Constructing Alternatives: Envisioning a Critical Psychology of Prefigurative Politics


  • Carlie D. Trott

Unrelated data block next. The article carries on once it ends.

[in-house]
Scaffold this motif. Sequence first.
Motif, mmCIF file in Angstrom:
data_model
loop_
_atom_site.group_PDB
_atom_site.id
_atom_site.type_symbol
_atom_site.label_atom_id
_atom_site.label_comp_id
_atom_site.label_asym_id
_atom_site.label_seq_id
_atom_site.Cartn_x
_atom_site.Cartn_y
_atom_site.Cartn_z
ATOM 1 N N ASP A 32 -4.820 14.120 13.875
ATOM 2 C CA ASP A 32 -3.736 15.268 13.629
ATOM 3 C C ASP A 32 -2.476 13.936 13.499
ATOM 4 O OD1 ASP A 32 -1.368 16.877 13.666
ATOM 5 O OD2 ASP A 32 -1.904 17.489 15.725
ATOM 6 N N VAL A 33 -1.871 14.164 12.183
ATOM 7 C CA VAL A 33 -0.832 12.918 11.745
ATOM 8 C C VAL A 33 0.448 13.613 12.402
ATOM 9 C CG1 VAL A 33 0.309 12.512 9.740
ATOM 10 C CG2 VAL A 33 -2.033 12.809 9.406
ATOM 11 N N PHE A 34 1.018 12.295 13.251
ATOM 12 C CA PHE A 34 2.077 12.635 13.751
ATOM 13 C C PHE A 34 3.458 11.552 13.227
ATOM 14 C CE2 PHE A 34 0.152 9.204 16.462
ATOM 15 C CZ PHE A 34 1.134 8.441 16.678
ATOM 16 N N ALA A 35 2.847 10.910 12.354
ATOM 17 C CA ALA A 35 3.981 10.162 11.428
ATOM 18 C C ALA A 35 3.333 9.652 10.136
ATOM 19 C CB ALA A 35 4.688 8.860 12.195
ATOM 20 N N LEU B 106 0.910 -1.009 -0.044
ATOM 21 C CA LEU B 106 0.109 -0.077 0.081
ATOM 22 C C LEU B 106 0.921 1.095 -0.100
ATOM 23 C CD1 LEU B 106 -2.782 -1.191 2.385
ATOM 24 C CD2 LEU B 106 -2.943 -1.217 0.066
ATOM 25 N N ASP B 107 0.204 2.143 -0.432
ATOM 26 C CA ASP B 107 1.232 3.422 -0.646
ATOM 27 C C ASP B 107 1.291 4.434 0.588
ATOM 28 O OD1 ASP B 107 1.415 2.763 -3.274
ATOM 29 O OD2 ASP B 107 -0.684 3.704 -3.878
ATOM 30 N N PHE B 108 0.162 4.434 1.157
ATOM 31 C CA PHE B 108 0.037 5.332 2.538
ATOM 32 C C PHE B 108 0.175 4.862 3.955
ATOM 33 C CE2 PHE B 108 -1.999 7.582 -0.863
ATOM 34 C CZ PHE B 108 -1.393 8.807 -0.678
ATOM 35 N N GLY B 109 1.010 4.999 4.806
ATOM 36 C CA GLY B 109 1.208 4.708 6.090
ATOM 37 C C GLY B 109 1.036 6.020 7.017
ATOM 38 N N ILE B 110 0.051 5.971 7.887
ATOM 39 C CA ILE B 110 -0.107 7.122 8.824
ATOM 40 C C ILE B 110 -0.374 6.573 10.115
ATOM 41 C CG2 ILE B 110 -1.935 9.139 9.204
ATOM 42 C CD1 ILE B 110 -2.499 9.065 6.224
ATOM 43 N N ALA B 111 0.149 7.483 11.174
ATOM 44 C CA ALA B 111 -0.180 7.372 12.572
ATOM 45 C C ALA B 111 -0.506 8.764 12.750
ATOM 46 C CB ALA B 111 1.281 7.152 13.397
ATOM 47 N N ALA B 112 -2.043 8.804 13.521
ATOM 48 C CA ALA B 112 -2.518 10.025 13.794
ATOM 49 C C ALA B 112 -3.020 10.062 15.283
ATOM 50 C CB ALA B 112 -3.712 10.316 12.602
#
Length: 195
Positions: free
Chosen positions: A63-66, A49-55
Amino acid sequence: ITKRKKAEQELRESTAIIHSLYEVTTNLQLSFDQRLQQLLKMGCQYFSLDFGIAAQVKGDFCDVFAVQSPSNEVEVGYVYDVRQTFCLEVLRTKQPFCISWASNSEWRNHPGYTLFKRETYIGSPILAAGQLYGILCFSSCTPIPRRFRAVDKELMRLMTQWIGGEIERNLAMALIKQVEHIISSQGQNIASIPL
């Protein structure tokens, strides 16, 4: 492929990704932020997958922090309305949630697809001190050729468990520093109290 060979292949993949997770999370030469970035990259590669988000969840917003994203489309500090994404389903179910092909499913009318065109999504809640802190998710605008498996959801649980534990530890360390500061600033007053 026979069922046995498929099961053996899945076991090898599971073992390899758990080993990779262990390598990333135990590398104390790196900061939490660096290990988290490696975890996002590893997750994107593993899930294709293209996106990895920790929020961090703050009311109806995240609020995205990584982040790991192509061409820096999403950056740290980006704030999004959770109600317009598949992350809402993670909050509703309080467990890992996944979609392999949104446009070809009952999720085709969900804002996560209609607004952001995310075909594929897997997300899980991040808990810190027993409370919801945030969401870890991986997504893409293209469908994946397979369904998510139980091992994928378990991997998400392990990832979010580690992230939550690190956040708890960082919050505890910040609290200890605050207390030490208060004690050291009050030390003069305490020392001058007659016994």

Psychological contributions to social movement scholarship have disproportionately concentrated on a "politics of demand", rather than on a "politics of the act", or prefigurative politics. Prefigurative actors, rather than making demands of power-holders, take direct action aimed at creating change in the ‘here and now’ by constructing alternative modes of being and interacting that reflect a given movement’s desired social transformations. Given that the prefigurative process takes place within and between individuals—with aims of changing the macrostructure by altering micro-relations—psychological perspectives are imperative to their understanding. Despite relevant theories and concepts, a psychology of prefiguration has yet to emerge. This theoretical discussion explores several reasons why prefigurative practices have been largely overlooked and at times misunderstood within mainstream social movement scholarship, traces the distinctive dimensions of prefiguration deserving of further (especially psychological) inquiry, and calls for methodological techniques both responsive to the context-driven nature of prefigurative praxis and consistent with the ‘bottom-up’ approach embodied within these unique spaces of resistance. After highlighting important points of disjuncture and possibility within the study of prefiguration, this discussion offers critical questions and methods aimed to envision and invigorate a critical psychology of prefigurative politics.